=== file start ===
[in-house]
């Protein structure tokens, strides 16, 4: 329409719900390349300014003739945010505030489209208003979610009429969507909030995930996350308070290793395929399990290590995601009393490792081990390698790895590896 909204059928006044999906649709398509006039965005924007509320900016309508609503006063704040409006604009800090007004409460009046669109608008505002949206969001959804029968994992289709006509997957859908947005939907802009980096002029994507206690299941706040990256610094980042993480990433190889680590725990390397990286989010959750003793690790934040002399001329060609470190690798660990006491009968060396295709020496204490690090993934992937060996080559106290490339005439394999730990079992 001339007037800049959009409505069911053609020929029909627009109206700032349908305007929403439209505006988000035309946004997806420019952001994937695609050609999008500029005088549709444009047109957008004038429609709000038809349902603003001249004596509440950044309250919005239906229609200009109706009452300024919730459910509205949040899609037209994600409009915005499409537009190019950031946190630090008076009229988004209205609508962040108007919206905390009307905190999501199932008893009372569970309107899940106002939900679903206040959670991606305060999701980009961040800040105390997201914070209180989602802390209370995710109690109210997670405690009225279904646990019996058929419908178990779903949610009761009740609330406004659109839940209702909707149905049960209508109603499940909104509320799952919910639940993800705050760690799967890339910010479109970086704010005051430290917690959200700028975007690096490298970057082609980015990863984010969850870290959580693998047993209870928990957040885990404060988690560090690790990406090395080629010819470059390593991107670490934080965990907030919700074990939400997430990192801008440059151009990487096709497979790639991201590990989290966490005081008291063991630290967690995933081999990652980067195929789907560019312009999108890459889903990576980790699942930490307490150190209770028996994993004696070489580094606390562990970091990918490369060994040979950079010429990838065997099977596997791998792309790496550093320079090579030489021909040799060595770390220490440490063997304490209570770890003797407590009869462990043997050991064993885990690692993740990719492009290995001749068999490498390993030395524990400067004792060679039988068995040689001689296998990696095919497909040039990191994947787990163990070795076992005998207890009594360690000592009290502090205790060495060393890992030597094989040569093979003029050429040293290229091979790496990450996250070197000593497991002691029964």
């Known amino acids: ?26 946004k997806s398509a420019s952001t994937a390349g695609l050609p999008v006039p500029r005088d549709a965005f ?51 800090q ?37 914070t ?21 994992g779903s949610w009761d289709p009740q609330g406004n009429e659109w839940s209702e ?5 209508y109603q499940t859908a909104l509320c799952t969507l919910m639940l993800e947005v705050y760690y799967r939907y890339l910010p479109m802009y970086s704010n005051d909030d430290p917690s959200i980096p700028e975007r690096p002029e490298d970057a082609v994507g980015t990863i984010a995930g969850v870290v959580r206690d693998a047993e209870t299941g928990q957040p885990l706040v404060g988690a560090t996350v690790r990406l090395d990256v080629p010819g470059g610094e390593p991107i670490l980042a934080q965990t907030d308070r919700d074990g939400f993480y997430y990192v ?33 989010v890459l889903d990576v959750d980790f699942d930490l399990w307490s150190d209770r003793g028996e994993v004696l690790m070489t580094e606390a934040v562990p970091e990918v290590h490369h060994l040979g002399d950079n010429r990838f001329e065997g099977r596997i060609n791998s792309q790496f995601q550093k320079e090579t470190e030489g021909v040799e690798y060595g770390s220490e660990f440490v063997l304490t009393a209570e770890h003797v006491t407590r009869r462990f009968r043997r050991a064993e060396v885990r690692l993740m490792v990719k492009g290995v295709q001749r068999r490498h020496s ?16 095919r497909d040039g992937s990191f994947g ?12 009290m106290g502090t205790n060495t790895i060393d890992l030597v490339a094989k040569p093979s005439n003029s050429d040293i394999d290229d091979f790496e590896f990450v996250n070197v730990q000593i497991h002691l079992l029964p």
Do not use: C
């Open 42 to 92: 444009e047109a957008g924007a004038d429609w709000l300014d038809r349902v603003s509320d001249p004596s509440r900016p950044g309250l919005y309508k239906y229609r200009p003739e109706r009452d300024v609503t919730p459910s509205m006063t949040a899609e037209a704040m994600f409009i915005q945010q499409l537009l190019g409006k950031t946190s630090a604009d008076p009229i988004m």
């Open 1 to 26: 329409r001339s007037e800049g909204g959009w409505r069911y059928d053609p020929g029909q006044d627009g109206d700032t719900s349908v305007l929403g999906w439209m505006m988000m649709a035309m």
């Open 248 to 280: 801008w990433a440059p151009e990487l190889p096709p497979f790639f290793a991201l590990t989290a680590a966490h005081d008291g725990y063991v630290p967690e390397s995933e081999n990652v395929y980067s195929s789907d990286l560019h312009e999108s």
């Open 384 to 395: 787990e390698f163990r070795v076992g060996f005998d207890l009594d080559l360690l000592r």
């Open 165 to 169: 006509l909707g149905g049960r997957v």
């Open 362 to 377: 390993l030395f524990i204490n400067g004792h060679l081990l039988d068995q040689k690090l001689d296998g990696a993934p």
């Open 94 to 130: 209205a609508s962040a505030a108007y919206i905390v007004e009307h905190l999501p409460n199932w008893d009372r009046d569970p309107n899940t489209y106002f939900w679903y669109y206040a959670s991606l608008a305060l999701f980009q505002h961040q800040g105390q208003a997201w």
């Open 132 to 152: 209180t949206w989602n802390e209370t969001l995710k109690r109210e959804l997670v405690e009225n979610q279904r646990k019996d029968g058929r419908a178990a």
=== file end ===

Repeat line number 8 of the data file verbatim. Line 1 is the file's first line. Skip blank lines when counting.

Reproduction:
């Open 384 to 395: 787990e390698f163990r070795v076992g060996f005998d207890l009594d080559l360690l000592r």